Centre for MEDICAL ENGINEERING RESEARCHCentre for Medical Engineering Research

Research areas

Below is a broad but not exhaustive overview of current and recent projects in this area.

Pablo Moscato

Lead researcher: Professor Pablo Moscato

A team of researchers led by Professor Pablo Moscato have developed sophisticated algorithms and innovative mathematical approaches that allow complex questions posed by 'big data' to be analysed from new perspectives. This research enables diseases such as breast cancer to be scrutinised at previously unseen levels, and results in the identification of disease subtypes.

Current medical procedures involve patients being given a drug for a disease, where the disease categories and definitions are generally quite broad. The identification of disease subtypes will lead to more targeted and effective treatment. Databases now boast thousands of drugs that can be used to treat cancers. Only with sophisticated computer analysis can you screen all of the combinations, and prioritise those that may be relevant for further investigation.

The research has the potential to allow for the analysis of the molecular profiles of affected tumours, as well as normal cells. This could eventually lead to the automatic determination of which drugs are most effective for individual patients, rather than using the lengthy trial-and-error process.

Lead researcher: Professor James Welsh

Collaborating with colleagues in biomedical science, Professor James Welsh is researching calcium release in heart cells to better understand irregularities in heart-beat, (arrhythmia) as well as reactions to the drugs used to treat this condition.

Calcium-induced calcium release is the mechanism that causes cardiac muscles to contract. Associate Professor Welsh is working to find an algorithm to enable simulation of calcium release in a complete heart cell. An accurate simulation has the potential to facilitate more efficient testing processes.

Below is a Final Year Project Video of one of Professor Welsh's students, Jeremy Stoddard, who worked on Calcium Release in Heart Cells.

Lead researcher: Professor James Welsh
Partners: Professor Alan Brichta, Dr Rebecca Lim and Professor Derek Laver

The vestibular system is an intrinsic sensory system that relays information to the brain about where a person is in space, how they relate to gravity; whether they are moving or still, if they are moving, how quickly, and in what direction. It is critical for normal human mobility and coordination.

Verifying the accuracy of non-live vestibular system testing

Research by biomedical scientists who seek a better understanding of the vestibular system is constrained by the difficulty of delicate experimental procedures that rely on using a live mouse with an electrode inserted into a single cell in its head, whilst moving the animal to disrupt its vestibular system.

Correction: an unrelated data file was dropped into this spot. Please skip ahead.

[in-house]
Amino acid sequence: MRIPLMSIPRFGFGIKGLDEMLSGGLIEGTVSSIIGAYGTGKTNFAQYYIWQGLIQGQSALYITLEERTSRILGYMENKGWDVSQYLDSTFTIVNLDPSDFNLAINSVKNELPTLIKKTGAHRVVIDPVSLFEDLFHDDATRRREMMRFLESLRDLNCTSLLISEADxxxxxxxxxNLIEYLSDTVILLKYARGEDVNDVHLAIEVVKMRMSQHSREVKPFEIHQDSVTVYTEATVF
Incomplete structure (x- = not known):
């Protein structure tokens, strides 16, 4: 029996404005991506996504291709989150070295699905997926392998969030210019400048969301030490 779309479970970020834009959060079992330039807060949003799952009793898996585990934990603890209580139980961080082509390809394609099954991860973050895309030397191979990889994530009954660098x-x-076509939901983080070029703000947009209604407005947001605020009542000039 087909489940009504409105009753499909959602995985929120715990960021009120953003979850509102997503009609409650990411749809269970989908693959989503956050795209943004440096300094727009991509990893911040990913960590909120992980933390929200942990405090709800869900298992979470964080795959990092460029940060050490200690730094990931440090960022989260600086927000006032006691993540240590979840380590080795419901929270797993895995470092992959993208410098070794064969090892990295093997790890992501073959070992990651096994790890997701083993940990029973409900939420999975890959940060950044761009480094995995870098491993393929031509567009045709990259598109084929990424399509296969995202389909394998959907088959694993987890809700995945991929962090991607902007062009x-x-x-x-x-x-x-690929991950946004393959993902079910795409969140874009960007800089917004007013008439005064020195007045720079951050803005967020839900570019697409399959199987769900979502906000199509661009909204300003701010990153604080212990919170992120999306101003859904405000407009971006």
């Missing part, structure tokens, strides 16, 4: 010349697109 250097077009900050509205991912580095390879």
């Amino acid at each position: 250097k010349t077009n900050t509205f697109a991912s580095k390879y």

In collaboration with colleagues from the discipline of biomedicine, Professor Welsh is working on a project to verify the accuracy of non-live vestibular system testing in mince. The team aim to replicate experiments done in a live mouse by using a vestibular system that has been removed from the animal. Associate Professor Welsh is assessing the accuracy of the experiments with the removed system by comparing the results with data from live experiments in published literature.

Classifying and detecting neurotransmitter responses

Experiments that measure inhibitory responses are important for developing a better understanding of how the vestibular system responds to drugs. Biomedical scientists are interested in measuring inhibitory responses from two types of neurotransmitters in the vestibular system of mice; gaba and glycine. However, in experiments in a live animal it is difficult to distinguish between gaba and glycine responses. Professor Welsh is analysing experimental data from a time series record to extract ‘features’ to distinguish between gaba and glycine responses.

Measuring / determining surface area of the cell by patch clamp methods

Professor Welsh is also working on measuring data from patch clamp methods to determine the surface area of vestibular and brain cells. By measuring surface area, researchers can determine whether cells are ‘open’ or ‘closed’, and whether they are able to transmit signals.

Lead researchers: Professor Frini Karayanidis and Dr Aaron Wong

Dr Aaron Wong is collaborating with colleagues from psychology on an ARC-funded project led by Professor Frini Karayanidis. Known as ‘Age-ility,’ the project examines how individual variability in the neural systems that enable executive functions or cognitive control across the lifespan, impact on adaptive functioning at different stages of life. Executive functions refer to those processes that orchestrate complex behavior into well-established and flexible routines.